Types of electronic means of communication

Written by jennifer simon
  • Share
  • Tweet
  • Share
  • Email

As technology becomes more and more a part of our lives, there are seemingly ever-increasing methods of communicating instantaneously with friends, family, business partners and strangers around the world. Electronic communications are varied in intent, execution and scope, from the ever-popular e-mails to the new real-time project boards that allow for millisecond sharing of data and multimedia.

Electronic Mail

E-mail was the first method of communication utilising the Internet, and remains the most popular. Users now can choose from a multitude of free e-mail providers, including Yahoo!, Google Mail and Hotmail, and sometimes their Internet provider will offer an address using their domain name. E-mail offers (usually) instantaneous delivery of messages to their recipient, a single or list of other e-mail users. Attachments can be made to e-mails to share photos, document files or audio files, though there is usually a limit to the size of these attachments. E-mail addresses have become disposable, with many people creating a new account to serve a certain purpose, then disabling it after their aim has been accomplished. These addresses also have a high instance of "spam" (junk e-mail) and potential for hacking and viruses transmitted through e-mails. Use caution.

Listserv and Discussion Boards

Discussion boards also popped up early in Internet development as a means for people to discuss topics and interact, though not in real time. Sites offering Listserv, discussion boards or forums usually divide up their forum into multiple different sub-boards, which are then further divided into topic to keep things organised. As a member of a given board, you can post new topics and replies (subject to the site's regulations), which will remain on the board for others to respond to at their leisure. Boards can have different privacy settings, allowing or prohibiting non-members from viewing their content.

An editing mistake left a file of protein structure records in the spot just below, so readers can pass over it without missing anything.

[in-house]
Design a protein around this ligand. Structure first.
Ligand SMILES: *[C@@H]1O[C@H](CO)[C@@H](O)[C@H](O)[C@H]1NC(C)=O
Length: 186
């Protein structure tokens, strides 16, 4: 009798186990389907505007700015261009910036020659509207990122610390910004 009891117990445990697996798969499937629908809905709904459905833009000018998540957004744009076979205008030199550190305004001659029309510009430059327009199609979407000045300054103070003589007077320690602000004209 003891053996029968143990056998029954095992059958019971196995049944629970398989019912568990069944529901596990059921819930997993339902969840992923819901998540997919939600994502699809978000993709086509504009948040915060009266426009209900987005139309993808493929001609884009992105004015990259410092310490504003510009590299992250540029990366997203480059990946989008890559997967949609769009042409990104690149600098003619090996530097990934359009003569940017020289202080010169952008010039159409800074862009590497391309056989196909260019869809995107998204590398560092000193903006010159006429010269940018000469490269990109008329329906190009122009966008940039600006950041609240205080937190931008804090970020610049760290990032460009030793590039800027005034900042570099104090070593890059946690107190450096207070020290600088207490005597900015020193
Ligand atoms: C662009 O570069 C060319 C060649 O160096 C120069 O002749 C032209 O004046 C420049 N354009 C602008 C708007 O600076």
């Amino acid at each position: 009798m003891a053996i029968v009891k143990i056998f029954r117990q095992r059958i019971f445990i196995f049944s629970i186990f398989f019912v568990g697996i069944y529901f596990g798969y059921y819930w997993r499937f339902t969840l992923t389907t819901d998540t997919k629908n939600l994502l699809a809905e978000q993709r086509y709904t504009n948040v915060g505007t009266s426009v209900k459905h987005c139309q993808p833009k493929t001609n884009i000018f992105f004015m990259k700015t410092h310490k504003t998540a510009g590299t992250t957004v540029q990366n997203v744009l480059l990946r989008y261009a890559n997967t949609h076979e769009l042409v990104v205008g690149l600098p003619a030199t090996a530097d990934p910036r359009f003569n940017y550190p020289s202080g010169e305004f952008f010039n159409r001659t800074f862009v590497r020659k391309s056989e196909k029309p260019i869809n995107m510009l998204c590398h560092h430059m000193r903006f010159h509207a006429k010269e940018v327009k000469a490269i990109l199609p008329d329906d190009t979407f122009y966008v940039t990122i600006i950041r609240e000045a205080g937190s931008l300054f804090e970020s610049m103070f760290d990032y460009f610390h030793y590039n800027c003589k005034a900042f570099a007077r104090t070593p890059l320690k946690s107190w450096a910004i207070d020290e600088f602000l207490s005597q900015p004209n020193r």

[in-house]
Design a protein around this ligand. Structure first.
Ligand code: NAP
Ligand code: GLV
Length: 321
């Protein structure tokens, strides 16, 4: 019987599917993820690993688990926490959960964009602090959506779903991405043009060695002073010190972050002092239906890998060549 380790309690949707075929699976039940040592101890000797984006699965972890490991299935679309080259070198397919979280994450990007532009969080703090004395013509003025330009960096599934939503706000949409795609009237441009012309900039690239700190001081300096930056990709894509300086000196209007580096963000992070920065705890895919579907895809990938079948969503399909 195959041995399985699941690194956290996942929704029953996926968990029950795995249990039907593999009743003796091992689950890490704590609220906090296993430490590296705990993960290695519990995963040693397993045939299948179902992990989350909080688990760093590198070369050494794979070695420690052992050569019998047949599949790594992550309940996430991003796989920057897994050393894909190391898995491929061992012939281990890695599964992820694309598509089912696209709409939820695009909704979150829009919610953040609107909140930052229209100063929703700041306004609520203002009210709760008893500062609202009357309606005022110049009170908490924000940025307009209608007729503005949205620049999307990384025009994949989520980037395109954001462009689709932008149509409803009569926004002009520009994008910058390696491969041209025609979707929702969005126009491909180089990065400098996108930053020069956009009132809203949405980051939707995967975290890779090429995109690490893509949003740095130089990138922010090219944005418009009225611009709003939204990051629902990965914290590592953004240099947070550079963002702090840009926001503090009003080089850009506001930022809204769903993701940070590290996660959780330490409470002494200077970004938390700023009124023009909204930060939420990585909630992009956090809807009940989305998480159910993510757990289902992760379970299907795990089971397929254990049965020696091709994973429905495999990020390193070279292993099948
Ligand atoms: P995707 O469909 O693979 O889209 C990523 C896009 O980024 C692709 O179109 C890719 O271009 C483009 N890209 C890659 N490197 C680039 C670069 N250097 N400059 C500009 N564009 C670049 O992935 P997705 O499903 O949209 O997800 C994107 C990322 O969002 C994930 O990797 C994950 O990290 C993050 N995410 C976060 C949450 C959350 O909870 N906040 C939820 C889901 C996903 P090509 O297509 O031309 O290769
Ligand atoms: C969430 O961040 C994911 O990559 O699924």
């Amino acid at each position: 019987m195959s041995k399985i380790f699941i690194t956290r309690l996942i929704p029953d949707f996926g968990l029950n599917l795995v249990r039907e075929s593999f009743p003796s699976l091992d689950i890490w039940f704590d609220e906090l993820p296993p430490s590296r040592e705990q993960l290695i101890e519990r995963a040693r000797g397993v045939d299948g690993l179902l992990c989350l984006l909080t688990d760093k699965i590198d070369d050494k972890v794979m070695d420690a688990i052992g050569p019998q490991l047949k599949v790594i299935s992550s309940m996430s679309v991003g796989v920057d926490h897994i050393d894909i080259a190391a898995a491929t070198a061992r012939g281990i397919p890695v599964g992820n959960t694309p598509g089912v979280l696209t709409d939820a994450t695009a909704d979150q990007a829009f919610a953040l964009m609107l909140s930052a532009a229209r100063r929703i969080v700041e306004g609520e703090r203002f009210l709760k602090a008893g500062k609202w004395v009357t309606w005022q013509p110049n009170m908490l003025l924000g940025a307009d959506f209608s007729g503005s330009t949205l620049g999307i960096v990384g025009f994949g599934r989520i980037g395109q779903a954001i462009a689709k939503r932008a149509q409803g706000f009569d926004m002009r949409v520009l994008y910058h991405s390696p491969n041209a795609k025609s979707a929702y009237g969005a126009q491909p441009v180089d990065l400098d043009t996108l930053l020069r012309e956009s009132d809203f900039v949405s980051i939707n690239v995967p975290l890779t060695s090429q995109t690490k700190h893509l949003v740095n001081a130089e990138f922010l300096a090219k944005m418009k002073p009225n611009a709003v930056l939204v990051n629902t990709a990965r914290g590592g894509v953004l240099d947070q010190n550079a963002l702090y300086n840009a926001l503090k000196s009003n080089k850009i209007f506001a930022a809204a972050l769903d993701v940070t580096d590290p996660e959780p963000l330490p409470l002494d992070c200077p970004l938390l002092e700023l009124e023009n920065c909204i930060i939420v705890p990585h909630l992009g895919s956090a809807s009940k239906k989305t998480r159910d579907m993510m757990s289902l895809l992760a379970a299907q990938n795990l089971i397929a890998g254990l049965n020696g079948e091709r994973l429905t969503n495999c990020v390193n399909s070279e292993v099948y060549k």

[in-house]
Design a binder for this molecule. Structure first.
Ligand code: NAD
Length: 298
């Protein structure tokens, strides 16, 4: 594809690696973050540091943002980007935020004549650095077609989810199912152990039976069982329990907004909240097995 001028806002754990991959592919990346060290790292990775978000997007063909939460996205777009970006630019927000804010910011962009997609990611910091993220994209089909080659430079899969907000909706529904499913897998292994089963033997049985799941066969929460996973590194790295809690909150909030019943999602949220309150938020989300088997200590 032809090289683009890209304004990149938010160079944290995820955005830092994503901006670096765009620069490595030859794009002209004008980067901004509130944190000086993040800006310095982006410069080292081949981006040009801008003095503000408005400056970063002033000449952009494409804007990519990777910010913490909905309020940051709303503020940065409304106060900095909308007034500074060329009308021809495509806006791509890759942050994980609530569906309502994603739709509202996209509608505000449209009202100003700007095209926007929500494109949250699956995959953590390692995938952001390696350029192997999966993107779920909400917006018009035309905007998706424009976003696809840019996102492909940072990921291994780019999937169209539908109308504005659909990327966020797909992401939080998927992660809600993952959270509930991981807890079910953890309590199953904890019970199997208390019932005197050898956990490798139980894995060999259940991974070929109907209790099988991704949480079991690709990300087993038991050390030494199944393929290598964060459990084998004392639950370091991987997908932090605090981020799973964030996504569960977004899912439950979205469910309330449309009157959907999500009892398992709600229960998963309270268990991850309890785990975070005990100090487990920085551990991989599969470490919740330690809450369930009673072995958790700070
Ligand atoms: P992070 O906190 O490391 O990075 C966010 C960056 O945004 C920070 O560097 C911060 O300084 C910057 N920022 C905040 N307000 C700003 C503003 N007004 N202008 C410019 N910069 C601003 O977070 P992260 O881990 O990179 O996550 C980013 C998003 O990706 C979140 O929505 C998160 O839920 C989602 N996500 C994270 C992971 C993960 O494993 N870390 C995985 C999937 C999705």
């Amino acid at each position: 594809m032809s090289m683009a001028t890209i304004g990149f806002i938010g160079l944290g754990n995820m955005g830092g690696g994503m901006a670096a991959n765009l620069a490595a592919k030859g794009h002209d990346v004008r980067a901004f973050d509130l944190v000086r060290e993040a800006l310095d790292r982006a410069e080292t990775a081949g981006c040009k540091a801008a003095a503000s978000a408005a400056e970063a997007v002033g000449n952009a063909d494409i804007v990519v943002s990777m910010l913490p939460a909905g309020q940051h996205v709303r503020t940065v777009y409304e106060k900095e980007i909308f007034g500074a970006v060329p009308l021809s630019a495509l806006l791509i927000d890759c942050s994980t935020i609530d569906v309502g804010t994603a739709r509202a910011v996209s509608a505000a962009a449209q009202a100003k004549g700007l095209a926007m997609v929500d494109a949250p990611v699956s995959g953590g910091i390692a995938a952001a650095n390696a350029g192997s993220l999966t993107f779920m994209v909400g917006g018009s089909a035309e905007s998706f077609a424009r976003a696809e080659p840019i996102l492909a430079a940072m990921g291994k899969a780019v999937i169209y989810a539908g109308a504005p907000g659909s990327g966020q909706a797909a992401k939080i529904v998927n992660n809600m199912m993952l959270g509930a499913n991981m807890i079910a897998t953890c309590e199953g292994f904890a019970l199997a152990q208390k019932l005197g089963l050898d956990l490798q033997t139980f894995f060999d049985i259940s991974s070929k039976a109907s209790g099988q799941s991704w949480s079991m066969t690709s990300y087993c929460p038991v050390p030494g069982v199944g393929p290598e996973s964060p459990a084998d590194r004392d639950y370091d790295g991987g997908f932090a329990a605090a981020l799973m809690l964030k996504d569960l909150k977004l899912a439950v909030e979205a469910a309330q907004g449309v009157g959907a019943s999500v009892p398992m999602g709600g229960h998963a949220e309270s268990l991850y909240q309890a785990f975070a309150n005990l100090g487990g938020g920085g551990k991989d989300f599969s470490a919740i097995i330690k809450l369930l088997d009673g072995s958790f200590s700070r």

Real-Time Sharing/Collaboration

Many companies are starting to utilise real-time (meaning no noticeable delay) methods for coordinating long-distance projects and employees. This is also starting to gain popularity with lay-users, for personal communications and sharing. Google offers a suite, including Wave and Documents, that allow you to share and update files, discuss improvements and create tests, all from one interface. Skype is gaining popularity as a personal and professional Internet-based audio and video chat program, and continually adds features to allow for more depth in distance communication.

Social Networking

Starting with college students, the idea of social networking has exploded in the last decade, now being used for business as well as personal purposes. Facebook, MySpace and Twitter offer a multitude of features, combining all of the above into a single personal profile one can set up to showcase themselves, their business or their ideas. The primary idea is for networking with friends and family, but many of these sites can now be used for numerous purposes.

Don't Miss

  • All types
  • Articles
  • Slideshows
  • Videos
  • Most relevant
  • Most popular
  • Most recent

No articles available

No slideshows available

No videos available

By using the eHow.co.uk site, you consent to the use of cookies. For more information, please see our Cookie policy.